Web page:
Podcast: Facing Insecurities With Body Dysmorphic Disorder

Jenn talks to Dr. Roberto Olivardia about body dysmorphic disorder. They discuss common signs and symptoms as well as conditions that occur alongside BDD. Roberto provides insight into technology’s impact on our self-image, as well as ways to support loved ones who have a BDD diagnosis.

Roberto Olivardia, PhD, has been treating patients for the last 20 years since his internship at McLean Hospital. He runs a private practice in Lexington, Massachusetts, where he specializes in the treatment of body dysmorphic disorder, obsessive compulsive disorder, ADD/ADHD, skin picking disorder, and males with eating disorders. Dr. Olivardia also treats patients with other anxiety and mood disorders.

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Episode Transcript

Jenn: Welcome to Mindful Things.

The Mindful Things podcast is brought to you by the Deconstructing Stigma team at McLean Hospital. You can help us change attitudes about mental health by visiting deconstructingstigma.org. Now on to the show.

Hi folks. Good morning, good afternoon, good evening wherever you’re joining us from and whatever time you’re joining us, thank you for joining to take the time and tune in to our chat about, “Facing Insecurities With Body Dysmorphic Disorder.”

I’m Jenn Kearney, and I am a digital communications manager for McLean Hospital. My co-host today is the marvelous Dr. Roberto Olivardia who actually specializes in the treatment of body dysmorphic disorder, so who better to join me than him.

Throughout our chat today, we may refer to it as BDD. So if you hear that, that’s entirely possible that it’s just body dysmorphic disorder. So like I just said, BDD it’s so much more than somebody saying that they feel like they don’t look great today or complaining about how their hair reacts to the humidity.

It’s more than just being fixated on one part of your image. It’s an actual disorder. It can go years without a diagnosis where somebody can be so preoccupied about something that you might find to be a small part of how they look, but to them, it can be crippling, it can be distressing, it can be depressing, anxiety inducing, embarrassing, and way more than that.

So today, Roberto and I are going to chat all about BDD, signs and symptoms, how it’s treated, ways to work both with and through it, and whatever else gets thrown our way for questions.

So if you are unfamiliar with Dr. Olivardia you are in for a huge treat because as I like to think of him, he is a never-ending fountain of knowledge but he’s also been treating patients for the last 20 years since his internship at McLean.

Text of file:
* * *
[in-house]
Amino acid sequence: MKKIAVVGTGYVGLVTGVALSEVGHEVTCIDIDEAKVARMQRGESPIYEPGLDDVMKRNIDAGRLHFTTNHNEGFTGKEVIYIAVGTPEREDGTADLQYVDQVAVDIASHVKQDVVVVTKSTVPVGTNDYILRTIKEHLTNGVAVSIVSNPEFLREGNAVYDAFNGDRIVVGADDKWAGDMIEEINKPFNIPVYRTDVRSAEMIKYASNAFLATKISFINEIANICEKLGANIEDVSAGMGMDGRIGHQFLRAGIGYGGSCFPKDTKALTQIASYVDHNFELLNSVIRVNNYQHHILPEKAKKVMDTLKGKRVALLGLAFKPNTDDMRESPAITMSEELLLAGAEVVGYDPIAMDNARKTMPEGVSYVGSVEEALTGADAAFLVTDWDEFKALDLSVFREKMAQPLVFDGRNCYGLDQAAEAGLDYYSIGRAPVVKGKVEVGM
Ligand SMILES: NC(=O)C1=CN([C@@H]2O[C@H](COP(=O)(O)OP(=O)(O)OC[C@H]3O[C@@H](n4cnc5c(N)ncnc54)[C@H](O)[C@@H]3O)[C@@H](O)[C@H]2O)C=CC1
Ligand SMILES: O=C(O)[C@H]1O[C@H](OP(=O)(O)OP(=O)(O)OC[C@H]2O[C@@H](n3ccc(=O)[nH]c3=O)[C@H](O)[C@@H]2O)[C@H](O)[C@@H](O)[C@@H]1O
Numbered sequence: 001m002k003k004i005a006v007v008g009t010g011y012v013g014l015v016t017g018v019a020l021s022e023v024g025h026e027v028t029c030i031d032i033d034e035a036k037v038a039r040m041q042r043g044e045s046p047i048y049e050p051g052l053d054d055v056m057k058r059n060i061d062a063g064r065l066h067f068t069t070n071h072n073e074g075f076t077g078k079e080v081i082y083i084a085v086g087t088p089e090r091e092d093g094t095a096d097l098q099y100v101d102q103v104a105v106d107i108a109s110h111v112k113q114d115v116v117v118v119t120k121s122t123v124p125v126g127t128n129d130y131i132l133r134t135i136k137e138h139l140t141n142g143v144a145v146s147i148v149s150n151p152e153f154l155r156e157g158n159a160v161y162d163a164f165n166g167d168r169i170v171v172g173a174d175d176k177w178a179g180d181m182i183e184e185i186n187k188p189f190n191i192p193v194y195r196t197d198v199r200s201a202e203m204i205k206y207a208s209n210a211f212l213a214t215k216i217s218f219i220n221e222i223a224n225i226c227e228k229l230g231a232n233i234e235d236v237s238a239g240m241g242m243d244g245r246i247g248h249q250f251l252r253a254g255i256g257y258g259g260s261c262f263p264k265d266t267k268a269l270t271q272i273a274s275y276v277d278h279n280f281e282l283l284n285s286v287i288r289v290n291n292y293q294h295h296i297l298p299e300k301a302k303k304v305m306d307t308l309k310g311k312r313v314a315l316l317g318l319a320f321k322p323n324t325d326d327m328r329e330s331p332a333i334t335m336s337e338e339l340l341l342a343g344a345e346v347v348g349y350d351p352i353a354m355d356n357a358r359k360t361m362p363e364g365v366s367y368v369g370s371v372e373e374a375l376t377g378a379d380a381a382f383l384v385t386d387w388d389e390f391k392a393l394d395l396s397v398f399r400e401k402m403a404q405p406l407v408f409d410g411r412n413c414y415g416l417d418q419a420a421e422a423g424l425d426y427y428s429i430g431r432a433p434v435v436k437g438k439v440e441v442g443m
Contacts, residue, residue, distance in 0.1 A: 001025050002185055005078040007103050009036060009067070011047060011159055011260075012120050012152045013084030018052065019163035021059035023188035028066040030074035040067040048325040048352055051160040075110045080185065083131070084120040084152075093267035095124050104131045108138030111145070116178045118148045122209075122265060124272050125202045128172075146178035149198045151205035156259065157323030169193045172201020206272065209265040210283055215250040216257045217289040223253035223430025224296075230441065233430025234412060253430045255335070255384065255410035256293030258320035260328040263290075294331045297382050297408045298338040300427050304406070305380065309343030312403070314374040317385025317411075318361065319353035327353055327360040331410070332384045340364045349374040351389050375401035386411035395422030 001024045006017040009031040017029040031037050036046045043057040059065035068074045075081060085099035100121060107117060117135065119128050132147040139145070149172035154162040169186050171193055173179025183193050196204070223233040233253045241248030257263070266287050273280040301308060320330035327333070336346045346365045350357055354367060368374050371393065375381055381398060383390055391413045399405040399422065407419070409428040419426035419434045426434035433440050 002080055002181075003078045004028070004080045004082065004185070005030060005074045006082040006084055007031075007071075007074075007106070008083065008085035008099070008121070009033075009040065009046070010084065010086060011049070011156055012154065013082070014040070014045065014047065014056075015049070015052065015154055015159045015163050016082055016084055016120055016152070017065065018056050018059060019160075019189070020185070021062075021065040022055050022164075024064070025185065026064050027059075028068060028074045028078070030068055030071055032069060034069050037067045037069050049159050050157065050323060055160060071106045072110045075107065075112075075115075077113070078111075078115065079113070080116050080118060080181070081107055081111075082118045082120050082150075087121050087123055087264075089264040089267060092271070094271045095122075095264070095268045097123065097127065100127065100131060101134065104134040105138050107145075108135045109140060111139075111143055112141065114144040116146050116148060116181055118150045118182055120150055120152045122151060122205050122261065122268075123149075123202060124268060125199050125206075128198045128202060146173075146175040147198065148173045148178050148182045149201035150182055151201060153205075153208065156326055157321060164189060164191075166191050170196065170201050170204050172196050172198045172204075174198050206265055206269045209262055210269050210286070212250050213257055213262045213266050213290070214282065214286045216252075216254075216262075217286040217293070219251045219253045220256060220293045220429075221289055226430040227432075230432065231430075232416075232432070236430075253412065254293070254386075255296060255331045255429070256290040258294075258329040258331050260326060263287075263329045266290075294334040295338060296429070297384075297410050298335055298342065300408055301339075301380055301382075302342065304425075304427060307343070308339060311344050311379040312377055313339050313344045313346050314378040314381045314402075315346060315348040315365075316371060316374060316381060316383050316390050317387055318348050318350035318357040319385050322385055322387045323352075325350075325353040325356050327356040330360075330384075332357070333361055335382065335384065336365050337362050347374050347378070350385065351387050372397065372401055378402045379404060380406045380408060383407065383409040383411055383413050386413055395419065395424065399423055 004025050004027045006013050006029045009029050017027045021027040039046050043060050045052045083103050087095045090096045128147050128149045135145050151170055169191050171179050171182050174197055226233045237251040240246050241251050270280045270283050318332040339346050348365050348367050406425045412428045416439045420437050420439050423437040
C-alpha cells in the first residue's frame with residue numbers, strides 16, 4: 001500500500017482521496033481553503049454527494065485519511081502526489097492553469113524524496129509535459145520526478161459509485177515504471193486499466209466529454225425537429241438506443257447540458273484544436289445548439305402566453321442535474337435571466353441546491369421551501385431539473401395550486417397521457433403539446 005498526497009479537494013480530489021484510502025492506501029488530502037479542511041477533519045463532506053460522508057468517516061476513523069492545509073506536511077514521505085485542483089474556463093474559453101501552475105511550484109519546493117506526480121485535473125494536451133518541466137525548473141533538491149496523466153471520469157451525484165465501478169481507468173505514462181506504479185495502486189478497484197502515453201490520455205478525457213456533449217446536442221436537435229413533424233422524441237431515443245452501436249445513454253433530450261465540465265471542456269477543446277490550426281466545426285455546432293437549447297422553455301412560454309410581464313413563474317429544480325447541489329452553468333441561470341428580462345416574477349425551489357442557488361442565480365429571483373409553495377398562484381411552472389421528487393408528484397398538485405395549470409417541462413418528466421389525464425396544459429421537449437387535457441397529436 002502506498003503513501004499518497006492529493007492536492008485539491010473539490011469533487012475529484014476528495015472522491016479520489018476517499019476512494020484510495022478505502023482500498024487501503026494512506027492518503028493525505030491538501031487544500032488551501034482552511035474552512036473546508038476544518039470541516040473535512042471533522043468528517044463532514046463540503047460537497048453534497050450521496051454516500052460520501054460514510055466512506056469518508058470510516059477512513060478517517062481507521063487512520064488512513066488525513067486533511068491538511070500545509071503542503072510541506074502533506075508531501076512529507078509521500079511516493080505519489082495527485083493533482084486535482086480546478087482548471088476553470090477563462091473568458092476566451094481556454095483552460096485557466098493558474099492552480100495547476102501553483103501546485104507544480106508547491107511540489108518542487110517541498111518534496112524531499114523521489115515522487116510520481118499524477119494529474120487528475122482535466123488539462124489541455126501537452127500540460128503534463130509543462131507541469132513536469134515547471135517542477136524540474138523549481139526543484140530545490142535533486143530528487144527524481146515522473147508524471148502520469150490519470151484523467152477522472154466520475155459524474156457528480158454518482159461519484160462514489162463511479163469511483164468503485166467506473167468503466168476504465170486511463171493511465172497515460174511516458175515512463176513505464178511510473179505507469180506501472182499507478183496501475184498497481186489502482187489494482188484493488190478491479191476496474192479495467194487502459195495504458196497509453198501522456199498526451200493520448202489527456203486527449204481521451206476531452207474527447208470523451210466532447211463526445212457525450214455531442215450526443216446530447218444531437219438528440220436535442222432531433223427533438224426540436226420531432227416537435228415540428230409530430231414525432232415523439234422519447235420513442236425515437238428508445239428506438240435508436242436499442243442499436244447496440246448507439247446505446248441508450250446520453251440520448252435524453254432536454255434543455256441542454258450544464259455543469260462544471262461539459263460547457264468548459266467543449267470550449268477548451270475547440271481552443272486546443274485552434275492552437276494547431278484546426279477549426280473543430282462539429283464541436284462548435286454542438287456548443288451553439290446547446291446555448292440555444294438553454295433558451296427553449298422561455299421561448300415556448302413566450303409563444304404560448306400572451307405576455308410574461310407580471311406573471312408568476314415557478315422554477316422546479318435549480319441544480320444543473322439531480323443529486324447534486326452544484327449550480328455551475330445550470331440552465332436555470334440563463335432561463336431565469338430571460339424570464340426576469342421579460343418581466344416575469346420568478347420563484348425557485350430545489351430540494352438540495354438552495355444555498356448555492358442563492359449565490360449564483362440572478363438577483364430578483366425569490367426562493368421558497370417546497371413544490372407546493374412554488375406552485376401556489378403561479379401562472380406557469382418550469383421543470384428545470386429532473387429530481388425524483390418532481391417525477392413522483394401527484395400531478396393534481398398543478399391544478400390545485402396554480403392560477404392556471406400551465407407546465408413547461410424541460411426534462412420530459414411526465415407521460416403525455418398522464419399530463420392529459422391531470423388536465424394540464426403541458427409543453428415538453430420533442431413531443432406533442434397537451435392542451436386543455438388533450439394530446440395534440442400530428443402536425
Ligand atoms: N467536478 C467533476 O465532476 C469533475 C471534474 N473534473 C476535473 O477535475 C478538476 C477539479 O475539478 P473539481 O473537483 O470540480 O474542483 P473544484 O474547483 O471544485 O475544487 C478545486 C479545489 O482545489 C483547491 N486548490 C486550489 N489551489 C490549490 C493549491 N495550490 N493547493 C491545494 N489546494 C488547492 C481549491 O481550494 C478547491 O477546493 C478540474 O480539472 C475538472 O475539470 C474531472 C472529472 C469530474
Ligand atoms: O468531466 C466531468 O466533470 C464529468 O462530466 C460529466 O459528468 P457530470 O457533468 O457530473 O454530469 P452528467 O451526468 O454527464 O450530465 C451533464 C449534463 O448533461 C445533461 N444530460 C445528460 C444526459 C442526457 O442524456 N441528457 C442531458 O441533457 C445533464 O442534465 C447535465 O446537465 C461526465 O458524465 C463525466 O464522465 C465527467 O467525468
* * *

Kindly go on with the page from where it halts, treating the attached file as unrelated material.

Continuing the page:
He runs a private practice in Lexington, Massachusetts and specializes in treatment of BDD, obsessive compulsive disorder, ADD, ADHD, skin picking disorder and males with eating disorders. And as if that’s not enough that he does in a day, he also treats patients with other anxiety and mood disorders.

So Roberto, I am so excited for you to be back. So thank you so much for joining. I want to get started this is a really complex condition, I want to get started, let’s just lay the groundwork right out. What is body dysmorphic disorder and what are some of the most common misunderstandings about the condition?

Roberto: Sure so first it’s great to be back. I always love doing these webinars with you and I’m really happy that we’re talking about this because there’s still so much misconception, misunderstanding and a lot of under identification of BDD.

So body dysmorphic disorder it’s a psychiatric condition that’s characterized by an individual who has a preoccupation with a part or multiple parts of their body. And this preoccupation often takes the form of significant distortion in how they perceive that body part or how they evaluate or feel about that body part.

So sometimes it can range from let’s say somebody who has a full head of hair who sees that and thinks that their hair is thinning or that they’re going bald. So there’s clearly a distortion of appearance.

Sometimes people with body dysmorphic disorder could, let’s say somebody who, I treated someone years ago who had freckles. They had freckles but they thought they looked ugly and deformed because of the freckles. So the evaluation of that part of their appearance significantly impacted them.

So you have this preoccupation and then accompanying that preoccupation are a lot of sort of obsessive thoughts around it. Individuals with BDD will often say, multiple hours in the day they’re thinking about that body part. They’re thinking about how other people are thinking or how they think other people are thinking about that body part.